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“I’m Not Strong Enough!” And Other Reasons You’re Not Sending

We are all our own worst enemies. Here’s how to get off your own toes and send.


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On the first go, I worked out all the moves. By the third try, I had already linked from the ground through the first crux, which was, people told me, the hardest link to do. By my third week on it, I was really close to climbing through the second crux, too. A few secure kneebars separated the second crux from the third if only I could get to them, and then only one more boulder separated me from the chains.

“Somehow, I think I’ll actually get this done quickly,” I told a friend. 

“Yeah, I believe it,” he said, having watched me progress so quickly. It was shocking because this Rifle route was the hardest I’d ever tried. Sure, I’d done one other of the grade, but this was known to be stiff. I’d put time in “building up my pyramid,” as they say, so I was up to the challenge. But challenges aren’t supposed to be easy. 

A year later, after months of regression, after pumping off lower and lower on the climb, after suddenly being inconsistent on that previously mastered first crux, I finally sent. What the hell happened?

J.M. Blakley is a famous lifting coach. He holds a PhD in Exercise Physiology and Metaphysical Sciences, and he’s broken numerous world records for bench press and powerlifting. My partner loves to quote him, his favorite being:

“Make the gains happen. Drill holes in the plates if you have to, but make the gains happen.” 

“That’s dumb,” I said the first time he said it.

“Is it?” he asked, like he knew something I didn’t. 

Progress is almost never linear. Ever seen those clips of buffalo running off cliffs’ edges? Humans are like the buffalo: predestined for long plateaus and eventually grave failures.

But once, in Corsica in 2016, I did achieve something I’d entirely given up on. It was a six-pitch route that I’d swore to my sponsors and my partner would be easy for me. At the time, I’d sent two 5.14s very fast, and since the crux pitch of Delicatessen was only 5.13d, and since we’d be spending four weeks on the Mediterranean island, there’s no way I wouldn’t send, right? 

But I had only ever climbed on steep limestone. And, as a comp climber, my trips outside numbered in the tens. So when I encountered a slabby granite monolith, I found myself way outside my wheelhouse. For three weeks I tried really hard. Like really really hard. I cursed. I cried. I bled. I told myself I could do it. I told myself I was doomed. I cried some more and I bled some more. Then I finally sent… the 5.11 pitch. And our trip came to its final week. 

“We need to think about going for the push,” my partner Ben said. He had already sent each pitch cleanly, and while he was saddened by my lack of progress, we were running out of time. It was clear I needed to become his support.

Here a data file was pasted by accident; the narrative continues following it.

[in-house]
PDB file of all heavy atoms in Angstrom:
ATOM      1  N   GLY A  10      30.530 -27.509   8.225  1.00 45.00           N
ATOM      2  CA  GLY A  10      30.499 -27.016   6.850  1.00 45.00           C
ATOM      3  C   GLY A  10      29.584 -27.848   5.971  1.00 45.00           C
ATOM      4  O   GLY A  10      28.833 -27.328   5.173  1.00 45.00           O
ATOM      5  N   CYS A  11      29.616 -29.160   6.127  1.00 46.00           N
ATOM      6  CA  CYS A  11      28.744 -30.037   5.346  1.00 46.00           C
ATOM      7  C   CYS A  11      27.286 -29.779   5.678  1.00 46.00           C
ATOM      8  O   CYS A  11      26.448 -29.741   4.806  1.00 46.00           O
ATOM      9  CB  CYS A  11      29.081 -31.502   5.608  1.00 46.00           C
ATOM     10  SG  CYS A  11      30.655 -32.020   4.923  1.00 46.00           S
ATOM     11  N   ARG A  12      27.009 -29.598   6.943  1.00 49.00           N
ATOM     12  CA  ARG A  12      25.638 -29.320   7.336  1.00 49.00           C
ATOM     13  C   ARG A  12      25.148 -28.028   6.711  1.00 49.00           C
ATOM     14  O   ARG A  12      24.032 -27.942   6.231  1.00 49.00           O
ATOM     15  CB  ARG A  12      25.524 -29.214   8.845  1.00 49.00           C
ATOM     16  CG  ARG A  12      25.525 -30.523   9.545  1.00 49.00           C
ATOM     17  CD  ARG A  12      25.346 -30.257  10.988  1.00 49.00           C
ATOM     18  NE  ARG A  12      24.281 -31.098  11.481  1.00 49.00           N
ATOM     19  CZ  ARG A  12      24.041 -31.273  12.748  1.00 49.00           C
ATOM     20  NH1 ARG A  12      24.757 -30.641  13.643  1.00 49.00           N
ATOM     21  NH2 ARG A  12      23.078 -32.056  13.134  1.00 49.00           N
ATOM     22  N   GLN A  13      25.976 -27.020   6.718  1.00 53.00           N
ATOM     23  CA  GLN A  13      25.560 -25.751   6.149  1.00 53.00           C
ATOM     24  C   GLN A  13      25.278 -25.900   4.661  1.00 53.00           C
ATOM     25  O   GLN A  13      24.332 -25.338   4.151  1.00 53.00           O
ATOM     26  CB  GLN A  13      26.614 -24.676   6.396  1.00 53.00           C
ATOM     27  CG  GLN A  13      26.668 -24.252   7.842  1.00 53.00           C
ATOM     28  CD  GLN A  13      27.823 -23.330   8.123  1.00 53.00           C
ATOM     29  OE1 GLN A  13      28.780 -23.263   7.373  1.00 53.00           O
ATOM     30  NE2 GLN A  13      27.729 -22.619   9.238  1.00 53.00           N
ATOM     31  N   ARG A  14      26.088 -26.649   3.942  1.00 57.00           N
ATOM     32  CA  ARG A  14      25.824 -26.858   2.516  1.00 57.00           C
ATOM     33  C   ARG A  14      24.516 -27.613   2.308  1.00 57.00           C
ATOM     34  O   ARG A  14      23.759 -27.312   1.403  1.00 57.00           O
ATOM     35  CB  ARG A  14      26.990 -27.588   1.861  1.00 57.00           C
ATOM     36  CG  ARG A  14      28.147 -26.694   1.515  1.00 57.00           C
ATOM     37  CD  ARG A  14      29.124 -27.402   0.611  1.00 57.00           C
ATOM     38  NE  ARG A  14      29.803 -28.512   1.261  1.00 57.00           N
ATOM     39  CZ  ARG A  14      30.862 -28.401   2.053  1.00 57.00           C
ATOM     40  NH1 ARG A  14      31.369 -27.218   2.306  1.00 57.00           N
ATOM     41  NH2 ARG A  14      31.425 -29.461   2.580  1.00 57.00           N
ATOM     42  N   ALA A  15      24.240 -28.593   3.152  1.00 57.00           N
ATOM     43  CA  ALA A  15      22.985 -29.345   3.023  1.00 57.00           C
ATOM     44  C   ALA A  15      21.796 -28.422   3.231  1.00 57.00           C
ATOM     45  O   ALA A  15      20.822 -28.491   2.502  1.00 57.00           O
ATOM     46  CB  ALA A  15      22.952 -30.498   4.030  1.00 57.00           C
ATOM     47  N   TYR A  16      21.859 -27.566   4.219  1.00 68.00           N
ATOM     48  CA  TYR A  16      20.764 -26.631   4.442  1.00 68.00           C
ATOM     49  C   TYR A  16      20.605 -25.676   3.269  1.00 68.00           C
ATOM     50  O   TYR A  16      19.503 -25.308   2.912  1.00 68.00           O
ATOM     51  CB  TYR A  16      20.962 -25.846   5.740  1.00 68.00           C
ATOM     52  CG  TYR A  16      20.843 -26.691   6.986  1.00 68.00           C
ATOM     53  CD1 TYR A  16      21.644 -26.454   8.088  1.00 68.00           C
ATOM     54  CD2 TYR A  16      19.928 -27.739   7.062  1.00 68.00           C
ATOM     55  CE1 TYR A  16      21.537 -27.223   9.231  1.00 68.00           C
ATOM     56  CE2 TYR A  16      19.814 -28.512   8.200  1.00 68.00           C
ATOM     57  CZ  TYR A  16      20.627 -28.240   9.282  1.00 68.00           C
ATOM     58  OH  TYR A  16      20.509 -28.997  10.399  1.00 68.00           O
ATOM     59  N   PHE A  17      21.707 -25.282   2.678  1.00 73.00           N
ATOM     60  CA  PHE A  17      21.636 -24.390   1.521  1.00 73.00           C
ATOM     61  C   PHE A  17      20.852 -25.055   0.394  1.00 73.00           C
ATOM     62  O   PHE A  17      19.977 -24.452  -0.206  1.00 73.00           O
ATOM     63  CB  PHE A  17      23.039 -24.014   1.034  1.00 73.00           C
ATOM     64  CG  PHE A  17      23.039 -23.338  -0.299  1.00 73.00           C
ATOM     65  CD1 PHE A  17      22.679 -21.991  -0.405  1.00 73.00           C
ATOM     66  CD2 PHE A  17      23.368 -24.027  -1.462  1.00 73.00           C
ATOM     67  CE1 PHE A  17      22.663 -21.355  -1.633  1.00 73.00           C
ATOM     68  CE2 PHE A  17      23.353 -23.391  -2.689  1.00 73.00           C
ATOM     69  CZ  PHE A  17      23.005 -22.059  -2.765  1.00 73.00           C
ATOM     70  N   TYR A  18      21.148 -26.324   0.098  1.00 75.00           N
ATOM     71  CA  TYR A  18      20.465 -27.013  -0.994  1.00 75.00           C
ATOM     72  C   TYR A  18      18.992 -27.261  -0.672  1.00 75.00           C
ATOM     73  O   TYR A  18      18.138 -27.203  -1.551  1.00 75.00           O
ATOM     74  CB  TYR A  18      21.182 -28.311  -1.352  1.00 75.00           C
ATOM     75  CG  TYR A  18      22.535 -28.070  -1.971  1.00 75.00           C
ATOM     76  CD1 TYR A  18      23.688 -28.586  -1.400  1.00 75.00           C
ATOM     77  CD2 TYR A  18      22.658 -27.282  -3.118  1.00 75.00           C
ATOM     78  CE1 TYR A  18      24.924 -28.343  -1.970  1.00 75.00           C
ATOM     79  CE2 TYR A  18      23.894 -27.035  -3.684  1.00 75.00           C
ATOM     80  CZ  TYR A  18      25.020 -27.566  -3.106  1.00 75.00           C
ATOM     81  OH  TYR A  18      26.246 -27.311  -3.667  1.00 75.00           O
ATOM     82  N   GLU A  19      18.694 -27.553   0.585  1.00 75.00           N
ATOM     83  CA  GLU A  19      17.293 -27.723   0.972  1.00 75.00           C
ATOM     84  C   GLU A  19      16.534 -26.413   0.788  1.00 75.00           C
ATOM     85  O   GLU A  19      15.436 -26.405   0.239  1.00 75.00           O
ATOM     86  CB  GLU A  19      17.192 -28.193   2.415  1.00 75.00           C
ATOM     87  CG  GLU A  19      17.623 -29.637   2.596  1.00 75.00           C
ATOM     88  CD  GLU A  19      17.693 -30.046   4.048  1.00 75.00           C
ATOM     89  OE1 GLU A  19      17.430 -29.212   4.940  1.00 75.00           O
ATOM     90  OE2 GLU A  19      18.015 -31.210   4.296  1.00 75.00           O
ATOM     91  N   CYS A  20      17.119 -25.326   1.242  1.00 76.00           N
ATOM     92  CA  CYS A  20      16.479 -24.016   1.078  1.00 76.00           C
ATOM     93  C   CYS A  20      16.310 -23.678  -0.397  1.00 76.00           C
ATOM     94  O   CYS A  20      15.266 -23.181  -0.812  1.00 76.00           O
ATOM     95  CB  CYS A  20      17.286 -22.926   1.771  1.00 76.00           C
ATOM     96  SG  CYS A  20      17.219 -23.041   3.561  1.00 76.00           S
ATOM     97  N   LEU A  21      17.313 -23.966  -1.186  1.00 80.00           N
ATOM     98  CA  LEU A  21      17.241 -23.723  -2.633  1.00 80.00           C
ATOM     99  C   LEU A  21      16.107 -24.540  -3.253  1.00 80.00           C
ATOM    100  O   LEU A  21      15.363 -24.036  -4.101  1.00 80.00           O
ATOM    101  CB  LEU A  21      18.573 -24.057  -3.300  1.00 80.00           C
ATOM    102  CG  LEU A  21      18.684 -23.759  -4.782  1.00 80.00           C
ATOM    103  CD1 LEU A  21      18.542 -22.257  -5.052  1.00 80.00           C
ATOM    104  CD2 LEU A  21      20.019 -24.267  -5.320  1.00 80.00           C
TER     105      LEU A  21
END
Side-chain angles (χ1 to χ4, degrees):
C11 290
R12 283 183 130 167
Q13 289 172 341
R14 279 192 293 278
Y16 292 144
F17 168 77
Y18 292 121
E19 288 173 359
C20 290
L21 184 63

“I’ll haul the pig,” I said, pretending to be fine with it.

On push day, something happened. Perhaps the divine forces took pity on me, or maybe I unknowingly made a deal with the devil when I whispered my hopes and dreams to a nearby squirrel. After my partner sent the 13d pitch, I focused solely on climbing quickly, so that he wouldn’t be freezing out in the winds and looming rain. Somehow, I climbed through the runnel, a shouldery sequence that I usually slipped on. Somehow I made it through the weird sloper po-go move. Somehow I made it through the high heel hook. Somehow, following on toprope, I made it to the chains. 

“How the hell did you pull that off?” he asked, nicely, but in disbelief. 

I shrugged, ecstatic. But I knew: I sent because I stopped focusing on even caring about sending. Had I been holding myself back the whole time?

***

When I did send that project in Rifle, it was 90-degrees and something like 80 percent humidity. I was tired, having arrived in the canyon at 2 a.m. And was that big tub of ice cream I’d downed the night before really setting me up for success? None of that mattered, though, because I had beat the route into submission. Through various methods, I made it so that success was not only possible but inevitable over time. I clipped the chains with energy to spare, and I thought maybe Blakley was onto something. 

We are not masters of our destinies. But we do have choices in our lives, and in that sense we are co-creators of our fate alongside what is beyond our control. So how can we set ourselves up for success? Consistent, linear success, that is.

You can’t drill holds or chip routes, if that’s what you’re thinking. This is not powerlifting. And you may not be able to take pressure off yourself in the way I was able to in Corsica. But there are ways to generate and maintain momentum, making the question not if but when. You just have to stop stepping on your own toes.

How to Progress on Your Route Continuously and Send:

1. Break it Down.

Conduct a big-picture assessment of your project. Learn how it naturally breaks down and then make a list of subgoals. Start by writing down the easiest, smallest links and progress to the bigger, harder ones. These should be steps, numbered one through whatever. (Many of my own route maps require 10 or more steps.) Make sure you’re not just writing down links from the bottom: you should be going for middle links and eventually low-points, too. Having these attainable small goals will help you maintain self-belief, psych, and a sense of progression. If you really want to go to the chains of your project every working day, then give yourself two tries per day: One in which you attempt to send the link you’re focusing on, and then the next to explore the route in its entirety.